Sicko In Texas Wants To Make A Buck Off Harvey Disaster, And It Might Land Her In Hot Water

Late Monday night, CNN’s Don Lemon had a phone guest who called in to the show from the apartment she was trapped in with her cousin and a one-month-old baby. Ices Bragg, in a pronounced southern drawl, described the scene around her: Rising water, fires visible from the window nearby, and perhaps most disturbing of all, an upstairs neighbor taking advantage of the situation.

Lemon asked the woman to repeat what she had told him previously about the neighbor:

Lemon: You told us last hour that one of your neighbors was trying to go upstairs to another apartment, and what happened?

Bragg: Um, the lady had told her that if she had three hundred dollars to come in to her apartment, she would let her.

Lemon: Wow. Unbelievable.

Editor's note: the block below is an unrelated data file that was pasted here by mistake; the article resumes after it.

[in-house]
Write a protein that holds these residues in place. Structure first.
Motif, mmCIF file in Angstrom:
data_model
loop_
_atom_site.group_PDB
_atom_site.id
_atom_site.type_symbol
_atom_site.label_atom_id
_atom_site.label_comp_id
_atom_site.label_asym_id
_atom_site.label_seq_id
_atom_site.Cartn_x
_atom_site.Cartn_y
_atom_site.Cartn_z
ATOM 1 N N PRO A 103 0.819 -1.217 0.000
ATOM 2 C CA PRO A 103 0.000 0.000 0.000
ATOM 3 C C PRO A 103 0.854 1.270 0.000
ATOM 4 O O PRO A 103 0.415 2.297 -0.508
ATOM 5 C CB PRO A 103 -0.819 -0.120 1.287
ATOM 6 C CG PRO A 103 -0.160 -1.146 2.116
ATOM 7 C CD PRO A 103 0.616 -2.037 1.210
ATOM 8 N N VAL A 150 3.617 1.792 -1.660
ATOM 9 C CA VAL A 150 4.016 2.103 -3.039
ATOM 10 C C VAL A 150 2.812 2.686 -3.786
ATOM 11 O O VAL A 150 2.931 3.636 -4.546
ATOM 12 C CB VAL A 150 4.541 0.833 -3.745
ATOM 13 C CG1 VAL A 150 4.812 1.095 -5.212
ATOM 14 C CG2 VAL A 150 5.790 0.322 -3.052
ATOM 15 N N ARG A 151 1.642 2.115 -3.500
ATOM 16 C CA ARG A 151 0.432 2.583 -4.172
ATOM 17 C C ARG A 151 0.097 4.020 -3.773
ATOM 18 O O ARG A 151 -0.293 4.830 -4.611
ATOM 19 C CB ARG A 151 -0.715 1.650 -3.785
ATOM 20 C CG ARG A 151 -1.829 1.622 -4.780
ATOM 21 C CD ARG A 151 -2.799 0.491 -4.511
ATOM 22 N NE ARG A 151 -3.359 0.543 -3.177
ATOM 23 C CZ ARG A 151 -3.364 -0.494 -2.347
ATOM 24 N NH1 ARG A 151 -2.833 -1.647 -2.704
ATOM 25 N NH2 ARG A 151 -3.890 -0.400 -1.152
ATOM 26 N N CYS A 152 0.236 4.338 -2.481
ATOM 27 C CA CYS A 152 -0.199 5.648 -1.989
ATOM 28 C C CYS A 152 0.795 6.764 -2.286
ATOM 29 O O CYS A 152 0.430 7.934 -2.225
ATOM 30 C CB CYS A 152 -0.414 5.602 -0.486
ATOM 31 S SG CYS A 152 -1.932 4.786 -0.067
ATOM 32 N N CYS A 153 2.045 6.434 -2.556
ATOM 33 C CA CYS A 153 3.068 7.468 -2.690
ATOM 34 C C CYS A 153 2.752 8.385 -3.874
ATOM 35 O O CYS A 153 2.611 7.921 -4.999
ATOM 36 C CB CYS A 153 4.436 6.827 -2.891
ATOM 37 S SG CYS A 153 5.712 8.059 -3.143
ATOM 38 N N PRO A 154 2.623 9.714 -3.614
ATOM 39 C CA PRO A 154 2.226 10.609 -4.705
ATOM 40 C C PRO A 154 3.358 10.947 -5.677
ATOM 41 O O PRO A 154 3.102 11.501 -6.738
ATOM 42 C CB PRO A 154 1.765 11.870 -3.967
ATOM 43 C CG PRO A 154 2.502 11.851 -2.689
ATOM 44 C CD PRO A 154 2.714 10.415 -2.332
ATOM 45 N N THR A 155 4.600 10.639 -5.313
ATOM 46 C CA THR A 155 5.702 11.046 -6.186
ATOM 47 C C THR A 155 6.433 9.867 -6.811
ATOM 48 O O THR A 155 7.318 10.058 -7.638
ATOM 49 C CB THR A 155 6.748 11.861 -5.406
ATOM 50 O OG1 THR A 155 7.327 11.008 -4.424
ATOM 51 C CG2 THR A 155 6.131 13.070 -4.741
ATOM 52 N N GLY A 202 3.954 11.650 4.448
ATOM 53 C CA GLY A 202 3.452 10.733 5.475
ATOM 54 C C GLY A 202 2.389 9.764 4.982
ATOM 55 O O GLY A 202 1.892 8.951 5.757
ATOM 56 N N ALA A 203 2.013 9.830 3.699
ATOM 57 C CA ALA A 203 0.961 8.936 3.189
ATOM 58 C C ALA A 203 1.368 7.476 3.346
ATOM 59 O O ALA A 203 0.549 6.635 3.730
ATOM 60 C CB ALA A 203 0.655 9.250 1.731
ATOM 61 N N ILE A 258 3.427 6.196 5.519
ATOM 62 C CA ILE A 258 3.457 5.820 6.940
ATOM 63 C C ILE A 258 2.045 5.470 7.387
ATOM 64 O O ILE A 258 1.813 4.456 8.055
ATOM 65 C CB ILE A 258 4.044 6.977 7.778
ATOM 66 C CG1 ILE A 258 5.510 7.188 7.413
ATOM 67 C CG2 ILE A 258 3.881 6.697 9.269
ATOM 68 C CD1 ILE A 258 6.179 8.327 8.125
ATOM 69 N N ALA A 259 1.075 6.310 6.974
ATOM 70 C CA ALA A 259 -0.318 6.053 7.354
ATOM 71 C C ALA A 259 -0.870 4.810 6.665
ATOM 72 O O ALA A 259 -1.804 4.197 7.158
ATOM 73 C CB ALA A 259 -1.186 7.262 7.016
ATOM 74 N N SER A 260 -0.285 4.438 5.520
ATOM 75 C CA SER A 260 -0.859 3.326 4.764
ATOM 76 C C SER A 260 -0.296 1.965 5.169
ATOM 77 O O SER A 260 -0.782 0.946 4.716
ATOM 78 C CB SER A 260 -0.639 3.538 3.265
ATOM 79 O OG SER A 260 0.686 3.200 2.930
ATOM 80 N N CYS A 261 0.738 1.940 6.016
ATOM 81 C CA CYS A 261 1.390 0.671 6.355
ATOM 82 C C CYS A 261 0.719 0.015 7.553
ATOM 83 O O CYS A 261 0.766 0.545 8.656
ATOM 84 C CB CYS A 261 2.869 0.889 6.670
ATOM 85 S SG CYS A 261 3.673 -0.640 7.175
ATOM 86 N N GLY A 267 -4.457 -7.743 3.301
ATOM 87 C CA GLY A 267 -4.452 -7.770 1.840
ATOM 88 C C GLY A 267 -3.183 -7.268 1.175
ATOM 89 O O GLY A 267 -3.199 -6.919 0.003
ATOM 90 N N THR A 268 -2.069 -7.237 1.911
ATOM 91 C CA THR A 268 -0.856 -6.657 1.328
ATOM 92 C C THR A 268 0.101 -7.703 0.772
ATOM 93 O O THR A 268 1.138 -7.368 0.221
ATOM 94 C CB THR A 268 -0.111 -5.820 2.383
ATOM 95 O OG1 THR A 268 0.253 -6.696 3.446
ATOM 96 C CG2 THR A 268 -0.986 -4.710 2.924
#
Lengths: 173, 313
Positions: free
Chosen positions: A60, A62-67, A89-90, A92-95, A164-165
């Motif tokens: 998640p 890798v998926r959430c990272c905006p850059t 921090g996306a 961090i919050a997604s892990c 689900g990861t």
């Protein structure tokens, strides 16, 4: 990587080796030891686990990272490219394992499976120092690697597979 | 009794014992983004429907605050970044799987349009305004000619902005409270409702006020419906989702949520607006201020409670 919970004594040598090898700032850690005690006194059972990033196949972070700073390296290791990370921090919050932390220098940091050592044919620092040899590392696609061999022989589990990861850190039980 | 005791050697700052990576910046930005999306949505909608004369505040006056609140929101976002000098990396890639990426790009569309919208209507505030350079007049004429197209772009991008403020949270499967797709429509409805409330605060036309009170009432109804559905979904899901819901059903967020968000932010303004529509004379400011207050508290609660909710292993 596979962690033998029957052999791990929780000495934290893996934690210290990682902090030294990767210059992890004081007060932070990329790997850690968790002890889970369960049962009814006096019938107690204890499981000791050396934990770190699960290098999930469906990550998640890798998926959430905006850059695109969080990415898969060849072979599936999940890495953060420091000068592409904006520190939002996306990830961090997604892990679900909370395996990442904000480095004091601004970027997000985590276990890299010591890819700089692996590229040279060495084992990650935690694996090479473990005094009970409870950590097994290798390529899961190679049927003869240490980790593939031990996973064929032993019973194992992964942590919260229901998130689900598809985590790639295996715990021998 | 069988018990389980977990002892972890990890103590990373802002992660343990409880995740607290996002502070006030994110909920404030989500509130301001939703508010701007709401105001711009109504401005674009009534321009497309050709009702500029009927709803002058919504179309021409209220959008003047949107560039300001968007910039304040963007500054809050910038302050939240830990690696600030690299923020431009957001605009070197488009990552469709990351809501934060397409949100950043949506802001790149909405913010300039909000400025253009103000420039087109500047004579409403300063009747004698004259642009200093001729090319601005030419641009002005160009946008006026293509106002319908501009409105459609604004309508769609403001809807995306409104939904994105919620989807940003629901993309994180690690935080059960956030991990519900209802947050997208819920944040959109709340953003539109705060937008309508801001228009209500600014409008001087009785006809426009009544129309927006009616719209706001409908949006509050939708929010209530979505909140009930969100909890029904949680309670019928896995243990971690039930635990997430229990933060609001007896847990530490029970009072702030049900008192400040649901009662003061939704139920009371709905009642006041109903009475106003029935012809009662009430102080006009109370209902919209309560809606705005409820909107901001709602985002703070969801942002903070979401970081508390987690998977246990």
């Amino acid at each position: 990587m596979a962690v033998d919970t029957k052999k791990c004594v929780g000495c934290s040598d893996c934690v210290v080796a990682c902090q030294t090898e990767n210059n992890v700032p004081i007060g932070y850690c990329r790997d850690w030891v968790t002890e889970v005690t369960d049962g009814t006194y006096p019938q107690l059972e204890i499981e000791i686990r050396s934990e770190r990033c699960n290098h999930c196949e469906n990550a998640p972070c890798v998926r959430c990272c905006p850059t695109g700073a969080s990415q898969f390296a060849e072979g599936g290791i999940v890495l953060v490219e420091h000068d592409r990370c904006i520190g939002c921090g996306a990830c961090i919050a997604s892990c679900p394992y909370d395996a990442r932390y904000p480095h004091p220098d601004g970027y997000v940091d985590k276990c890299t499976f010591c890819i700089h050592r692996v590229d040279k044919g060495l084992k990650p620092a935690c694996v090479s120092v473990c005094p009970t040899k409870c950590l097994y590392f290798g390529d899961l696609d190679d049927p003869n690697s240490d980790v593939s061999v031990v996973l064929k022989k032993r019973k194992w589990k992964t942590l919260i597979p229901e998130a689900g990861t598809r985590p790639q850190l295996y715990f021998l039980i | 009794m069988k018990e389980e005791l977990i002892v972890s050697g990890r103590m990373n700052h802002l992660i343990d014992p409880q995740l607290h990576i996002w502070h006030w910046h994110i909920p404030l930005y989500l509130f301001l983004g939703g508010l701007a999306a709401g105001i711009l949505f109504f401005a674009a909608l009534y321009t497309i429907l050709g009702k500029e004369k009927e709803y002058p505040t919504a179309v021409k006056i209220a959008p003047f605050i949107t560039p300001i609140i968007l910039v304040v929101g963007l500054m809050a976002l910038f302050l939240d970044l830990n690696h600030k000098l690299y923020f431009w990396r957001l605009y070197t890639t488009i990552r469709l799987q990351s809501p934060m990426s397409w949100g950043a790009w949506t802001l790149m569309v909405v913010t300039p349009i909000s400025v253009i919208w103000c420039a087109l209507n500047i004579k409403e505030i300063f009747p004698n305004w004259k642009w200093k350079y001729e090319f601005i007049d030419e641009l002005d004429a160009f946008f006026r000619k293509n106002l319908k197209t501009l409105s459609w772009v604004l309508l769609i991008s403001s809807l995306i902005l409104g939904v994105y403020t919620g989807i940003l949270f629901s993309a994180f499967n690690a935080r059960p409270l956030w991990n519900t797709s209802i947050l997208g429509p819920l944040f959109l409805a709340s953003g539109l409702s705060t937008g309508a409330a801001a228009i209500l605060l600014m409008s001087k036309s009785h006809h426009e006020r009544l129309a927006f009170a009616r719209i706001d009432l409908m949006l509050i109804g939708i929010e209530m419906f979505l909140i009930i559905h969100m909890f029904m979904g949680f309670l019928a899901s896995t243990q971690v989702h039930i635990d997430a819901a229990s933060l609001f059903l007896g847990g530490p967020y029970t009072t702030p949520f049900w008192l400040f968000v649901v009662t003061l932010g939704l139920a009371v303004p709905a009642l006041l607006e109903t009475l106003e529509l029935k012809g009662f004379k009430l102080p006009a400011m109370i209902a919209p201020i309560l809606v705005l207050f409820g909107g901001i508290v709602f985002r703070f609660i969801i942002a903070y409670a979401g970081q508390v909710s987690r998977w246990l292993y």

Bragg: Yes sir, it is.

The exchange was heart-stopping. We saw price-gouging on gas after Hurricanes Katrina and Sandy, but watching big companies take advantage of desperate consumers is almost nothing new in this country. To hear an account of a neighbor, with the advantage of higher ground, threatening to let people die unless they pony up is nothing short of shocking.

An economy based on unbridled capitalism like we see in America almost guarantees that there will be price-gouging in some areas during times of heightened demand for whatever someone’s selling. But at the very least, there are laws prohibiting the practice during a state of emergency. That’s little comfort to the poor, but it does mean that this upstairs neighbor could — no pun intended — pay a price.

This is not the first report of price-gouging in the state. Houston is currently deluged with trillions of gallons of water. When those waters recede, the complaints that have been pouring in to the Texas Attorney General’s office will likely result in serious trouble for those they hold to account.

Watch the CNN clip here:

Featured image via video screen capture

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